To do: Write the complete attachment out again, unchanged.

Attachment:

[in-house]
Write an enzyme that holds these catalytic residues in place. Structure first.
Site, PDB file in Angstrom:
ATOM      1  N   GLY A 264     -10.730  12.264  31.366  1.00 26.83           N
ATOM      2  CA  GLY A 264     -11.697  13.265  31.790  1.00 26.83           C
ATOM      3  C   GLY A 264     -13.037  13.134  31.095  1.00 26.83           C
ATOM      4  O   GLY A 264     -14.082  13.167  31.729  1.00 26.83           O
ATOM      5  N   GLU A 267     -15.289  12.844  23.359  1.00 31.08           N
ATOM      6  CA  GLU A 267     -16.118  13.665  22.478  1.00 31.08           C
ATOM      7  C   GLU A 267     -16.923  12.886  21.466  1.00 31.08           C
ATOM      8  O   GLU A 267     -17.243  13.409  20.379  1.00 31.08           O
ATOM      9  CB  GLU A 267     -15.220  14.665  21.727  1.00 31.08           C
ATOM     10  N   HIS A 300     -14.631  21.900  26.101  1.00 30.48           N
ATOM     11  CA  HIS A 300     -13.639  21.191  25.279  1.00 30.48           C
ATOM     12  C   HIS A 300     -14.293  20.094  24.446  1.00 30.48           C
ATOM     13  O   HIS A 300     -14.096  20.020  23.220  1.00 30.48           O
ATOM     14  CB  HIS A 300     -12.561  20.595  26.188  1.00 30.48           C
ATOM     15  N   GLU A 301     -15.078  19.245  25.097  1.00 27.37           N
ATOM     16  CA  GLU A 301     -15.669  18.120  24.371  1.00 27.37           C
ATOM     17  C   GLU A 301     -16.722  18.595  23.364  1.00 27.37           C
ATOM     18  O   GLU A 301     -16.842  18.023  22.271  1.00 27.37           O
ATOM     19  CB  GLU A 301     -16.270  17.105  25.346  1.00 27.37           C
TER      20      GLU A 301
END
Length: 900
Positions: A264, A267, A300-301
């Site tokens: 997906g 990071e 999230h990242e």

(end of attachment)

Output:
[in-house]
Write an enzyme that holds these catalytic residues in place. Structure first.
Site, PDB file in Angstrom:
ATOM      1  N   GLY A 264     -10.730  12.264  31.366  1.00 26.83           N
ATOM      2  CA  GLY A 264     -11.697  13.265  31.790  1.00 26.83           C
ATOM      3  C   GLY A 264     -13.037  13.134  31.095  1.00 26.83           C
ATOM      4  O   GLY A 264     -14.082  13.167  31.729  1.00 26.83           O
ATOM      5  N   GLU A 267     -15.289  12.844  23.359  1.00 31.08           N
ATOM      6  CA  GLU A 267     -16.118  13.665  22.478  1.00 31.08           C
ATOM      7  C   GLU A 267     -16.923  12.886  21.466  1.00 31.08           C
ATOM      8  O   GLU A 267     -17.243  13.409  20.379  1.00 31.08           O
ATOM      9  CB  GLU A 267     -15.220  14.665  21.727  1.00 31.08           C
ATOM     10  N   HIS A 300     -14.631  21.900  26.101  1.00 30.48           N
ATOM     11  CA  HIS A 300     -13.639  21.191  25.279  1.00 30.48           C
ATOM     12  C   HIS A 300     -14.293  20.094  24.446  1.00 30.48           C
ATOM     13  O   HIS A 300     -14.096  20.020  23.220  1.00 30.48           O
ATOM     14  CB  HIS A 300     -12.561  20.595  26.188  1.00 30.48           C
ATOM     15  N   GLU A 301     -15.078  19.245  25.097  1.00 27.37           N
ATOM     16  CA  GLU A 301     -15.669  18.120  24.371  1.00 27.37           C
ATOM     17  C   GLU A 301     -16.722  18.595  23.364  1.00 27.37           C
ATOM     18  O   GLU A 301     -16.842  18.023  22.271  1.00 27.37           O
ATOM     19  CB  GLU A 301     -16.270  17.105  25.346  1.00 27.37           C
TER      20      GLU A 301
END
Length: 900
Positions: A264, A267, A300-301
């Site tokens: 997906g 990071e 999230h990242e």